By Jamie Murphy, 6.2, Drama Don
The company’s focus was on producing a ‘stripped-back’ Shakespeare where the text, as well as the relationship between performer and audience, is at the heart of every performance. With a sparse set and almost uniform costumes, the production focussed on Shakespeare’s writing and gave the actors room to experiment and pay close attention to the subtext of their lines. The themes of identity in Romeo and Juliet were explored by Merely Theatre through their use of gender-blind casting.
Juliet declares that “a rose by any other name would smell as sweet”; just as Shakespeare seemed to reject the importance of traditional identities and labels, Merely Theatre reject the significance of gender in representing character. All of the actors playing at least one role that wasn’t their assigned gender not only lent the production a sense of innovation, it also allowed for new interpretations of the narrative. For example, both Romeo and Juliet being played by men created a new layer to their forbidden love.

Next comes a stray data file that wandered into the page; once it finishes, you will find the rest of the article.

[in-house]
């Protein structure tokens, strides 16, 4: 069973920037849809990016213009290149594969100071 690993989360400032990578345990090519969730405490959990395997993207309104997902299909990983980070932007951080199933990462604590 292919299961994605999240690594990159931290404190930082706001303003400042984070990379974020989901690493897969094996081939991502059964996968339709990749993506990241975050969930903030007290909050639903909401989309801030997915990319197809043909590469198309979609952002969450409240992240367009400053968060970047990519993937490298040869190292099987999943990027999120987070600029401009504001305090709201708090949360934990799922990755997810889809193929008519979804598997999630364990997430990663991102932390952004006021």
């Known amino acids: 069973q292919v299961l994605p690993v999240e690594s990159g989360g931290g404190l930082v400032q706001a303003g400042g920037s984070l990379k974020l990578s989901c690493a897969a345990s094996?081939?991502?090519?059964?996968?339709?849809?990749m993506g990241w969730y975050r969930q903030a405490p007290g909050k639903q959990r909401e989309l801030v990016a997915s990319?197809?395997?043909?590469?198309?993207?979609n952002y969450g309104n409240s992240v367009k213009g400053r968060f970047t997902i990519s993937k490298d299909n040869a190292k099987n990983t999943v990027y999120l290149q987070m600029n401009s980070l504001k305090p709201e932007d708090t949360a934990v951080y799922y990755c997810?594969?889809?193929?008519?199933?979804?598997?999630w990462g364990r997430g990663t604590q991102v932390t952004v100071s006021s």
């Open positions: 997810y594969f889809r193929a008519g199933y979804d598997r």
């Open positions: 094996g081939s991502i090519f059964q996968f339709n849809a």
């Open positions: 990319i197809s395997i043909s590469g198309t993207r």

Merely Theatre’s production proved that Shakespeare can still be relevant to contemporary issues, and utilised a minimalist approach to create an engaging and intellectually accessible piece of theatre.